And then the real test of my French comes: my phone rings. Jean Marc is calling to help. But if you’ve ever learned a foreign language you’ll know that the hardest thing you could ask someone to do is talk on the phone because it is entirely listening comprehension without watching the persons lips form the words. And French is not a whole lot of enunciating. So as I struggled through the conversation, doing better at some points then others, I had a moment of “wow I am actually living in France”. I know it may be hard to believe, but my life here is more than throwing grapes in vineyards and journal-ing along the Rhone (although those are definitely apart of it). I have moments such as this A LOT where there’s no one around to help, because I’m the only student living with my family and when I’m walking around, I don’t have wifi to look up how to say something. Things like having to ask the bus driver twice to open the door because I hadn’t figured out that I had to press the button on the poles in the bus, having all my classes in French, asking for directions in French, ordering food in French, getting my student ID card in French, going to the bank with a problem and having to explain it in French, being asked for directions on the street and having to answer in French, having random men make kissing/hissing/inappropriate comments in French at me, having my light bulb burn out in my room, figuring out in French how to tell an elderly person they can have my seat on the metro, keeping up with dinner conversations when I’m dead tired, etc etc. DON’T GET ME WRONG I love it here more than words can explain but it’s not all rainbows and baguettes. But I think these moments carry more meaning for me than when I’m eating yet another delicious pastry because this is when I feel French, European, a real citizen - like I am LIVING here not just studying abroad. This was one of those moments when I was just like “yes, THIS is why I came here, to be uncomfortable because I’m trying to figure out this whole ‘living in France’ thing, because I wanted to scare the daylights out of me while I am young and slightly reckless and ready to learn anything and everything”.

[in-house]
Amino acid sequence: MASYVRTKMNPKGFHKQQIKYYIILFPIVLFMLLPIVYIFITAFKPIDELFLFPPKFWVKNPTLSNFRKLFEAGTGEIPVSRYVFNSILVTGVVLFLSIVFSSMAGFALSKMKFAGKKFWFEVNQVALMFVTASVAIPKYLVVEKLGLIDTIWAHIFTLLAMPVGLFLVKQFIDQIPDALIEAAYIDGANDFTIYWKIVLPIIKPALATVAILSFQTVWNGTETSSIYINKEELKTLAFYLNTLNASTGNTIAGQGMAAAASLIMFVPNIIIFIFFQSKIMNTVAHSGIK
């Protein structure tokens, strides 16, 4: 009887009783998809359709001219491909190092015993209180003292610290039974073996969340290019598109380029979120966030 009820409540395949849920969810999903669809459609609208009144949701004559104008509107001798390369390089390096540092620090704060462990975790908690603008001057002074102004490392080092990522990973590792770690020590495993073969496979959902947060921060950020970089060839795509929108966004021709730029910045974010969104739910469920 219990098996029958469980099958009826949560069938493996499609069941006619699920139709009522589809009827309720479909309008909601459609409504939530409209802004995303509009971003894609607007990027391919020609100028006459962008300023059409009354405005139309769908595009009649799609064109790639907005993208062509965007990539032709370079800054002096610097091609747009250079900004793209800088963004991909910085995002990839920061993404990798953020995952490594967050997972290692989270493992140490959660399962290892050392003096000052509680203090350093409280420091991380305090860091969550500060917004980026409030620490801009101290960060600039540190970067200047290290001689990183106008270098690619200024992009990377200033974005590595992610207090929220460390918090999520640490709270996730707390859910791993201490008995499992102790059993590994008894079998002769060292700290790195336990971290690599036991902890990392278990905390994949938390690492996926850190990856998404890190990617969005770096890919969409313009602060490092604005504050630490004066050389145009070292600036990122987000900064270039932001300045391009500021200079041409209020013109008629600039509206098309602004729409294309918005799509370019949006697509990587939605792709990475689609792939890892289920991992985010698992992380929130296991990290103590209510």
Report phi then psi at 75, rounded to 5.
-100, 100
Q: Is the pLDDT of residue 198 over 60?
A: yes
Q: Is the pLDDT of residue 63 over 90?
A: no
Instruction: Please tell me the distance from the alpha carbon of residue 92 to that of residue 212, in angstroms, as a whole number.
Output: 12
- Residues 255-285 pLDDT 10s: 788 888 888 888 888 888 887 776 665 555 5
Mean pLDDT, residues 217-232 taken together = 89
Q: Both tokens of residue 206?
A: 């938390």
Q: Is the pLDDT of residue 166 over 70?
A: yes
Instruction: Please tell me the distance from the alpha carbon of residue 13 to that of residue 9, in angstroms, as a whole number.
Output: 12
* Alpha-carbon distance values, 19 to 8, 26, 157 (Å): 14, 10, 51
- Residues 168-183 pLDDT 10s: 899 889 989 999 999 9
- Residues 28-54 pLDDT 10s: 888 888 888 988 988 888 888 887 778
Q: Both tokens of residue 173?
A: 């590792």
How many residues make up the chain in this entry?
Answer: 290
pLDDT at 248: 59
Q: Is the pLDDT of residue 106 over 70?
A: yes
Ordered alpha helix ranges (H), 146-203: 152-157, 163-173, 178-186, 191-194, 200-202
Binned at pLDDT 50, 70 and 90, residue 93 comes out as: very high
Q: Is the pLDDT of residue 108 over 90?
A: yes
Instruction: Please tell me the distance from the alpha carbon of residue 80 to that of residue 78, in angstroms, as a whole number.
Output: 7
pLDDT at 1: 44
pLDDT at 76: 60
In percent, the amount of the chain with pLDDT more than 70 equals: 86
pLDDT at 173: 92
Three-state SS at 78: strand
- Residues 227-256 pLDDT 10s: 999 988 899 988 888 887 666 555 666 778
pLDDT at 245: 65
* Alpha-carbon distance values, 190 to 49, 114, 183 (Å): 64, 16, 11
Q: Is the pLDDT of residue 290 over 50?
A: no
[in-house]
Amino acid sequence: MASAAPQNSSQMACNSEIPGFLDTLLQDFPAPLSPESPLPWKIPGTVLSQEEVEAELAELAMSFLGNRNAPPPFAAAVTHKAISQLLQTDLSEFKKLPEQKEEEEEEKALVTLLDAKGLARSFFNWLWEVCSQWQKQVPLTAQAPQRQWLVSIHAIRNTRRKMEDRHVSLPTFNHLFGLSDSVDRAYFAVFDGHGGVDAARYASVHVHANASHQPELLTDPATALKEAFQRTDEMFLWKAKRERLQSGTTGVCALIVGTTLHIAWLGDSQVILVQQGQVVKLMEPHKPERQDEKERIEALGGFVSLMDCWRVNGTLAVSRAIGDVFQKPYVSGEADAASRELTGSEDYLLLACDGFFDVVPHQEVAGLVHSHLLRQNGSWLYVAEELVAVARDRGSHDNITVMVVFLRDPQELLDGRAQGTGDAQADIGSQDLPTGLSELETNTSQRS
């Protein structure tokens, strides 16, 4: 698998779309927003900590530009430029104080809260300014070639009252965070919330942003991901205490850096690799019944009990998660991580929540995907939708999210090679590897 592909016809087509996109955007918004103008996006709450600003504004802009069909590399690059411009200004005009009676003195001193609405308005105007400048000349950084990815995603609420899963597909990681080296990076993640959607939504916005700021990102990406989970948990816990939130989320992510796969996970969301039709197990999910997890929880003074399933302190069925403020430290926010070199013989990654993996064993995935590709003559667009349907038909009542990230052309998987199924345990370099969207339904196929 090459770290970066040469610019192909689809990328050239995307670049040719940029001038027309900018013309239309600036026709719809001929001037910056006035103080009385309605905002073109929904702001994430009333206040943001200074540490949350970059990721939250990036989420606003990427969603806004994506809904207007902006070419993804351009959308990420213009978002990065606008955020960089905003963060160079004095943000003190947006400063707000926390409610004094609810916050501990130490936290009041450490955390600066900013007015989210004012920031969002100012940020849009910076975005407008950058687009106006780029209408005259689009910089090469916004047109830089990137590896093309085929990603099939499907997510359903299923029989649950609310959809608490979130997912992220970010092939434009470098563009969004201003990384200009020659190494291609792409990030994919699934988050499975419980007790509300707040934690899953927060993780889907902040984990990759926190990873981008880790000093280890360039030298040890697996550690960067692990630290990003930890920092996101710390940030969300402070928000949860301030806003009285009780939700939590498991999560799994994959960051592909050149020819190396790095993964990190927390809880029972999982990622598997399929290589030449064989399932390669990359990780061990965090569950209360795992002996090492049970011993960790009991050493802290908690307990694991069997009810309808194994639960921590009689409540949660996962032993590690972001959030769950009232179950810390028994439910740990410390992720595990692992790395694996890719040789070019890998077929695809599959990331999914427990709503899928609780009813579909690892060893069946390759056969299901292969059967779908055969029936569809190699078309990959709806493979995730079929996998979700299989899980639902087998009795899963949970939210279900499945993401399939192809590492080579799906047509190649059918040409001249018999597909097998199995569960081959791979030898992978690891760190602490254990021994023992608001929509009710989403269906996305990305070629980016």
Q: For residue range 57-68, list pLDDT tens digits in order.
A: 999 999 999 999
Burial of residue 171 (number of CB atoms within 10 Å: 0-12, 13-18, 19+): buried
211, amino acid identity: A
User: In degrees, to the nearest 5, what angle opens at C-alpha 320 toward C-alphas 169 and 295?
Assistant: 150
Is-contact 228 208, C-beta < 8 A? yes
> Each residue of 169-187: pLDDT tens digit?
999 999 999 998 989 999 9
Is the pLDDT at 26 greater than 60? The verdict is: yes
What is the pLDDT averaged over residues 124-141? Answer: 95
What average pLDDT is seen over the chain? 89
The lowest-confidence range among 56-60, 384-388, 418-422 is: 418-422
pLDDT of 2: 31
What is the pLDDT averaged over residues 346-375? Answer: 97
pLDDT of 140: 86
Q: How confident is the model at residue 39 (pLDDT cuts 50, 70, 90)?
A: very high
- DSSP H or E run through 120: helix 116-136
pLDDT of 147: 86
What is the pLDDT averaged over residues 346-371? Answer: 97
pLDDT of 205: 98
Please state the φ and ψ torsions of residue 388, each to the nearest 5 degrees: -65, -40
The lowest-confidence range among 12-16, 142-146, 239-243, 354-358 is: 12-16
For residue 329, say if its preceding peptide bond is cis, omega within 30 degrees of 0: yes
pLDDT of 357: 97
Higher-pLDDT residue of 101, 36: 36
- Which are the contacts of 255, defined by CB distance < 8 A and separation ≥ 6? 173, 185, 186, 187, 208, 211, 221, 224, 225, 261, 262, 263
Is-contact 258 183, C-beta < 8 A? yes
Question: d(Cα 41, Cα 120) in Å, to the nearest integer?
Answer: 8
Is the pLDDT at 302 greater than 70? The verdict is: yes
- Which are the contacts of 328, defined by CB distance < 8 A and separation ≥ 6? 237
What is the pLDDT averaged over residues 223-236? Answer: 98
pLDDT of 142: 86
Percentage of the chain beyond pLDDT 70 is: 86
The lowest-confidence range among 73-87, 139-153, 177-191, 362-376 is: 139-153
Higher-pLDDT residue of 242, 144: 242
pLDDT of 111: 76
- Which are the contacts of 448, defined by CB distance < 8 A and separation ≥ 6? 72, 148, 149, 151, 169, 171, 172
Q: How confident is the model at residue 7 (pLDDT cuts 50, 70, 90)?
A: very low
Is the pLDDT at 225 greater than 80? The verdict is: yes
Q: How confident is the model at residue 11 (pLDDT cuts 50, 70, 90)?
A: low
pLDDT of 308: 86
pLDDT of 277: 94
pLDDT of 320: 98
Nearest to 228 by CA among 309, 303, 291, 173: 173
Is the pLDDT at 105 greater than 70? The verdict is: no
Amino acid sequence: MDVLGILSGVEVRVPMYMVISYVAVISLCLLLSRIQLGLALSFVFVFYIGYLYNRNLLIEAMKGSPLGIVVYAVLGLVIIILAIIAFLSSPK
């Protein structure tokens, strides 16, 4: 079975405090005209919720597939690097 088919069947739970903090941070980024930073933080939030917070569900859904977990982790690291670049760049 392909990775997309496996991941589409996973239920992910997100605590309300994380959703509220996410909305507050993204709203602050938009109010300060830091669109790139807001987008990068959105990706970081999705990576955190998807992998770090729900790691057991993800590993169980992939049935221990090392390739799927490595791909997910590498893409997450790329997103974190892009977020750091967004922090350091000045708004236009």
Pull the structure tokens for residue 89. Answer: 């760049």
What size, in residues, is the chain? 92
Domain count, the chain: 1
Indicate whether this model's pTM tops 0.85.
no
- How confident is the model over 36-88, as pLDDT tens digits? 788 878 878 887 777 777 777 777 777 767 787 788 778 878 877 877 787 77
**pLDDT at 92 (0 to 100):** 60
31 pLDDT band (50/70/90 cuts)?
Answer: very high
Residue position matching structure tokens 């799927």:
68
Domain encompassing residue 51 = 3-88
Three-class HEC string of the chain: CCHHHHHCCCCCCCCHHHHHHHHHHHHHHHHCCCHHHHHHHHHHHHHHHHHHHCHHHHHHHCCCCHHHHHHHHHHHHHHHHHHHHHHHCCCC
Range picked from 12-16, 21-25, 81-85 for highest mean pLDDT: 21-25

During my conversation with Jean Marc, the lights flickered back on and the fridge started humming and an enormous wave of relief washed over me. Jean Marc laughed, said it was probably something with the whole building and wished me a good rest of the afternoon. The next day in le journal it was noted that part of Villeurbanne lost electricity because of the roadwork being done. So no, Ania did not break the apartment. Although the family thought it was super funny that for those 10 minutes I honestly thought I was going to be kicked out on the streets and never be able to try the creamy pasta thingy Jean Marc said he was making for dinner this week.